Hearkening back to our original theme of need v. want, the subject of bike armor straddles both worlds indecisively.
If you care about that certain maniacal aggro or freeriding mountain biker on your list, you are going to want to get him or her something she or he may really need but might not really want. That is, elbow and knee pads, or maybe shin guards, are items even the best riders need. They just don’t want to squander a fairly spendy Christmas present on something so, well, practical. They’d rather have a new shock or fork or set of wheels, or maybe some bling like a matching Chris King bottom bracket and headset.
If pressed, though, even the most basely materialistic would own up to needing armor if they’re really serious about improving their riding skills. (This assumes they don’t already have the latest state-of-the-art stuff.) Even the best need some protection now and then.
Our favorite pads are Six Six One EVO elbow pads and Six Six One Kyle Strait soft shell (non-EVO) knee pads. For shin guards we like the Brian Lopes signature series from Troy Lee Designs.
For cranial care, which in this case means full-face, our current coconut wrap is a Giro Remedy. But helmets don’t differ that much in quality. What they differ in is fit, and that’s an entirely personal proposition. Which means if you go the helmet route, make sure you can return or exchange it for the right model.
Having gone through Roach and Race Face and Fox pads over the years, paying these worthy companies good money for products that barely rose above sucky, I finally feel like the guinea pig phase is over. The problem with pads has never been protection: Those early Roach pads really soaked up the spills even though they lacked hard shells. It’s been comfort. You couldn’t wear the bulky Cordura Roachies more than 10 minutes in summertime without feeling like your arms and legs were in plaster casts.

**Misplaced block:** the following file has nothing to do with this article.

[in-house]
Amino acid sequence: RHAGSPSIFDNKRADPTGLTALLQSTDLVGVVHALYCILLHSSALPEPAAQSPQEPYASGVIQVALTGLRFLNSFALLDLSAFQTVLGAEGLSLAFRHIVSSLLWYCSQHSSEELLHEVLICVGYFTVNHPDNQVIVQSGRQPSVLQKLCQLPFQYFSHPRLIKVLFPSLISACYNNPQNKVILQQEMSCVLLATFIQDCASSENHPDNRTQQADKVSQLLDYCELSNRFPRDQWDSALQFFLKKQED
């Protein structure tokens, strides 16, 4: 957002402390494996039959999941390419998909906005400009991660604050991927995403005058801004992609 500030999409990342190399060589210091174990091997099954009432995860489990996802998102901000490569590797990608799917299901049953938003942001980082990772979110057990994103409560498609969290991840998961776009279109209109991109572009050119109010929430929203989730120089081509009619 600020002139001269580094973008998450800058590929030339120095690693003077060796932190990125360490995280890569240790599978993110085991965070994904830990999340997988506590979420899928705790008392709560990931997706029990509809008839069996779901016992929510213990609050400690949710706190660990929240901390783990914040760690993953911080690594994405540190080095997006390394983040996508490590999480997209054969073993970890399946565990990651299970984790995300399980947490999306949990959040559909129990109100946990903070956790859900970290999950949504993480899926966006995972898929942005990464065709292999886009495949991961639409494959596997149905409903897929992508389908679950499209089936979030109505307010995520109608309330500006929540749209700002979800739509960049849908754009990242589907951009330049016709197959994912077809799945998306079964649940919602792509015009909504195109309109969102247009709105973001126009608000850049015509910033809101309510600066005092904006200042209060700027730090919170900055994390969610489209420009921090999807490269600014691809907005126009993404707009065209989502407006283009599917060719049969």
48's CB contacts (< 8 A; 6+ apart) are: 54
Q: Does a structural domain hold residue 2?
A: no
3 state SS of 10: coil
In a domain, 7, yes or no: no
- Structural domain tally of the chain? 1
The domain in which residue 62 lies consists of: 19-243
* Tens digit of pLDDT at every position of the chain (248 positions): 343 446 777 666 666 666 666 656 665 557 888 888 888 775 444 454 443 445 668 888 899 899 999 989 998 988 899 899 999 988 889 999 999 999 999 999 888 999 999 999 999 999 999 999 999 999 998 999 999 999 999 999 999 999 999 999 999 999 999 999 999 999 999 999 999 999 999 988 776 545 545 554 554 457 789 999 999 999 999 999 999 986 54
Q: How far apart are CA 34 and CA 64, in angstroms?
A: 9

Six Six One seems to have finally cracked the nut. The EVO elbow pads pretty much disappear on you, which is saying something, since elbow pads hardly ever fit right and tend to move around to the point of distraction. With EVO, an “intelligent foam” technology that supposedly variably compresses according to severity of impact, Six Six One has come up with a material strong enough to absorb all but the worst hits yet soft and pliable enough to stave off chafing.
Not that the elbow pads never tend to move a bit. At least our right one does; the left one stays pretty well put. Both, however, will shimmy slightly down the forearms during long chattery descents. It’s just that you don’t notice them as you would most elbow pads, which bulk up at or slip to the wrong spot and get in the way. In any case, we’re not to the point where we’d go back to our second faves, the Troy Lee hardshells. They were just too unforgiving, even though they offered nominally better protection.
With EVO the word is it doesn’t cover a hard impact against a sharp surface like a jutting rock or cornered abutment. We thankfully have not had to do the biff test. But if your gift-getter is riding a lot in rubble (like, for instance, the desert) or doing street stunts, you might think about hardshells.
The sharp-impact concern led us to choose the Kyle Strait knee pads from Six Six One, and we have to say, we’d be surprised if EVO offered any step-up in comfort. We’ve actually ridden up places like Tiger Mountain and Galbraith (1/2 to 1 hour fire-road climbs) wearing the pads, with no chafing or discomfort.
And these things stay put. We’ve never had to pull ’em back up or adjust them mid-descent like we have with the elbows.
Through two long seasons, the Six Six Ones have held up through repeated washings. And a lot of tumbles. So they’ve been put through that mill as well. The EVO elbows immediately turned a bit tatty after first washing, but it hasn’t affected their performance.
For more hairball stuff, the Lopes shin guards are great. They’re light, easy to haul up the hill in your bladder pack, they’re hardshell in just the right places and use velcro strapping with a neoprene knee sock so you don’t have to take off your shoes to get them on and off. This 2-stage system seems brilliant but yeah, it took more than a decade for someone to come up with it. We’ve had no shifting problems with the Lopes guards either.
Armor may not be the flashiest stuff Santa can cart down the chimney, but the next time your elf takes a flyer, he or she will be grateful for your thoughtfulness. And it’s cheap insurance, so they end up with a gift in the pocketbook as well.
[In accordance with our review policy, all merchandise discussed was purchased over the counter.]